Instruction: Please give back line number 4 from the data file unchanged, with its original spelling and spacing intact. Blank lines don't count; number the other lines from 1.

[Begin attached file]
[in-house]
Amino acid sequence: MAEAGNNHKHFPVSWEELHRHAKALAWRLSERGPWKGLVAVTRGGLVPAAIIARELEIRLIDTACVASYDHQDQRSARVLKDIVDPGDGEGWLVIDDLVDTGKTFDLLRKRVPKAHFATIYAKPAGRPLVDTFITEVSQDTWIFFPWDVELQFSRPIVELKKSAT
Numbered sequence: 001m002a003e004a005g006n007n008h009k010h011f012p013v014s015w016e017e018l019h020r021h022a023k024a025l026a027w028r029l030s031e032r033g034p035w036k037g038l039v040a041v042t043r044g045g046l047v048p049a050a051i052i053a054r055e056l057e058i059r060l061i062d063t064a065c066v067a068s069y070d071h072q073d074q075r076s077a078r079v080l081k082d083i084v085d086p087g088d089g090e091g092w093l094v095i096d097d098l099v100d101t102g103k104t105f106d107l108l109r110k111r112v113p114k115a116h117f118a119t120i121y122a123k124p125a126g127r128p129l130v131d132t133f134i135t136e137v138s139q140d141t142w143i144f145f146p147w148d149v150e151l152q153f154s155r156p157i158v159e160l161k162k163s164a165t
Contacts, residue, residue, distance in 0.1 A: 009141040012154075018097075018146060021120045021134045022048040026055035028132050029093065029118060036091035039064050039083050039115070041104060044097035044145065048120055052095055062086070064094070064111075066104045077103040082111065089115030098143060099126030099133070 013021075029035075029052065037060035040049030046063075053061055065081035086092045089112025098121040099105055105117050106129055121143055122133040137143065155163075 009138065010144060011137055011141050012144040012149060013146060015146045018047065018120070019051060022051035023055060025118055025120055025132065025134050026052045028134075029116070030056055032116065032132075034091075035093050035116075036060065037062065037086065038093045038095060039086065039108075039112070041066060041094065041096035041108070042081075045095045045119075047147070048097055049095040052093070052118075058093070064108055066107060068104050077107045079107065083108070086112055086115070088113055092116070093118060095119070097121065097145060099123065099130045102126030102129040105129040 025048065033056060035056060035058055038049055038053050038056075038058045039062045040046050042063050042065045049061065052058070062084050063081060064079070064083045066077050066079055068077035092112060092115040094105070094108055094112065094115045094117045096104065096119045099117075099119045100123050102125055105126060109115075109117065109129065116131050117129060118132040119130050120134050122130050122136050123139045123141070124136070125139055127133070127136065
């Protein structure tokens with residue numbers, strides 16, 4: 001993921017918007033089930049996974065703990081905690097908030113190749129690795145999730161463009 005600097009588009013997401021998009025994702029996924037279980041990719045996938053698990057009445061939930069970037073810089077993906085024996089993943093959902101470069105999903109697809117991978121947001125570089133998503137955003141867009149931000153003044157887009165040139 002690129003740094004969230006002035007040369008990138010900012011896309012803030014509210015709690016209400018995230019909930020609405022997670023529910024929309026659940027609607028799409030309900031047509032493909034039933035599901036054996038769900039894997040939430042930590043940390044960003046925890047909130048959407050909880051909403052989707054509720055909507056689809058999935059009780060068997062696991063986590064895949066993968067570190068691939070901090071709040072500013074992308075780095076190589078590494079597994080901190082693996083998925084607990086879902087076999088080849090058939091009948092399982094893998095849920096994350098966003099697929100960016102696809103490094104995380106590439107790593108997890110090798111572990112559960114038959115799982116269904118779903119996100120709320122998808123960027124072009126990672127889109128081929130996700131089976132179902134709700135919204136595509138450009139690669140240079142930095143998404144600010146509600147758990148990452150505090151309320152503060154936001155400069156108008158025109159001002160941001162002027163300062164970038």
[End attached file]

Contacts, residue, residue, distance in 0.1 A: 009141040012154075018097075018146060021120045021134045022048040026055035028132050029093065029118060036091035039064050039083050039115070041104060044097035044145065048120055052095055062086070064094070064111075066104045077103040082111065089115030098143060099126030099133070 013021075029035075029052065037060035040049030046063075053061055065081035086092045089112025098121040099105055105117050106129055121143055122133040137143065155163075 009138065010144060011137055011141050012144040012149060013146060015146045018047065018120070019051060022051035023055060025118055025120055025132065025134050026052045028134075029116070030056055032116065032132075034091075035093050035116075036060065037062065037086065038093045038095060039086065039108075039112070041066060041094065041096035041108070042081075045095045045119075047147070048097055049095040052093070052118075058093070064108055066107060068104050077107045079107065083108070086112055086115070088113055092116070093118060095119070097121065097145060099123065099130045102126030102129040105129040 025048065033056060035056060035058055038049055038053050038056075038058045039062045040046050042063050042065045049061065052058070062084050063081060064079070064083045066077050066079055068077035092112060092115040094105070094108055094112065094115045094117045096104065096119045099117075099119045100123050102125055105126060109115075109117065109129065116131050117129060118132040119130050120134050122130050122136050123139045123141070124136070125139055127133070127136065